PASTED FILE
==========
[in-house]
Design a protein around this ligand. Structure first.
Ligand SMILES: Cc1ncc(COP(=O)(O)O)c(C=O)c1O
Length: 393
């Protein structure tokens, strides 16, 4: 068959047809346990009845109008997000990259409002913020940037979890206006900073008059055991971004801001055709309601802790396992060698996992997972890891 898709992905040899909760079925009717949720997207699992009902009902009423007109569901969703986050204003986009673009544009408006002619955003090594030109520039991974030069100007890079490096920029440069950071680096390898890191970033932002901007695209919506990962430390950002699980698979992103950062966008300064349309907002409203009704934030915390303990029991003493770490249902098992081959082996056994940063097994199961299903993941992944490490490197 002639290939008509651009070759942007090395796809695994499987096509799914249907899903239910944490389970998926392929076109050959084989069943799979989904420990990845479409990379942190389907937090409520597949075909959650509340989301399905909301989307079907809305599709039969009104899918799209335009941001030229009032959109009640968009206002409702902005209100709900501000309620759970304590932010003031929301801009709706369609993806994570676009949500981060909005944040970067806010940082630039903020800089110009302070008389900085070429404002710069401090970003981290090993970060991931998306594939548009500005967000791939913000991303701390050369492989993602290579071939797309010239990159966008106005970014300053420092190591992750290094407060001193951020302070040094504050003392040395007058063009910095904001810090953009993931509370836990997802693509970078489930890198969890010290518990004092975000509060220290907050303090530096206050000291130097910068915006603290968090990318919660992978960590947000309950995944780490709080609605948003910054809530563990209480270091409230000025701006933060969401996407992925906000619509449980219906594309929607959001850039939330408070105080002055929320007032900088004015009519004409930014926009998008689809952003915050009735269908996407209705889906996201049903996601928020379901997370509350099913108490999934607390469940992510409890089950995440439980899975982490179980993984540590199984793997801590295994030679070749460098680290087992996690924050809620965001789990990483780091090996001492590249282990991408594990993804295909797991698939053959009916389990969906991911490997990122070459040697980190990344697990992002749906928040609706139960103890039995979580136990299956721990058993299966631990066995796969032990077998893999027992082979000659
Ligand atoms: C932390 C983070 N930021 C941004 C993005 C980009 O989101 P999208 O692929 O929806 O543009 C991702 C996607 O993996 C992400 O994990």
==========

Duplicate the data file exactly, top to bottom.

[in-house]
Design a protein around this ligand. Structure first.
Ligand SMILES: Cc1ncc(COP(=O)(O)O)c(C=O)c1O
Length: 393
């Protein structure tokens, strides 16, 4: 068959047809346990009845109008997000990259409002913020940037979890206006900073008059055991971004801001055709309601802790396992060698996992997972890891 898709992905040899909760079925009717949720997207699992009902009902009423007109569901969703986050204003986009673009544009408006002619955003090594030109520039991974030069100007890079490096920029440069950071680096390898890191970033932002901007695209919506990962430390950002699980698979992103950062966008300064349309907002409203009704934030915390303990029991003493770490249902098992081959082996056994940063097994199961299903993941992944490490490197 002639290939008509651009070759942007090395796809695994499987096509799914249907899903239910944490389970998926392929076109050959084989069943799979989904420990990845479409990379942190389907937090409520597949075909959650509340989301399905909301989307079907809305599709039969009104899918799209335009941001030229009032959109009640968009206002409702902005209100709900501000309620759970304590932010003031929301801009709706369609993806994570676009949500981060909005944040970067806010940082630039903020800089110009302070008389900085070429404002710069401090970003981290090993970060991931998306594939548009500005967000791939913000991303701390050369492989993602290579071939797309010239990159966008106005970014300053420092190591992750290094407060001193951020302070040094504050003392040395007058063009910095904001810090953009993931509370836990997802693509970078489930890198969890010290518990004092975000509060220290907050303090530096206050000291130097910068915006603290968090990318919660992978960590947000309950995944780490709080609605948003910054809530563990209480270091409230000025701006933060969401996407992925906000619509449980219906594309929607959001850039939330408070105080002055929320007032900088004015009519004409930014926009998008689809952003915050009735269908996407209705889906996201049903996601928020379901997370509350099913108490999934607390469940992510409890089950995440439980899975982490179980993984540590199984793997801590295994030679070749460098680290087992996690924050809620965001789990990483780091090996001492590249282990991408594990993804295909797991698939053959009916389990969906991911490997990122070459040697980190990344697990992002749906928040609706139960103890039995979580136990299956721990058993299966631990066995796969032990077998893999027992082979000659
Ligand atoms: C932390 C983070 N930021 C941004 C993005 C980009 O989101 P999208 O692929 O929806 O543009 C991702 C996607 O993996 C992400 O994990």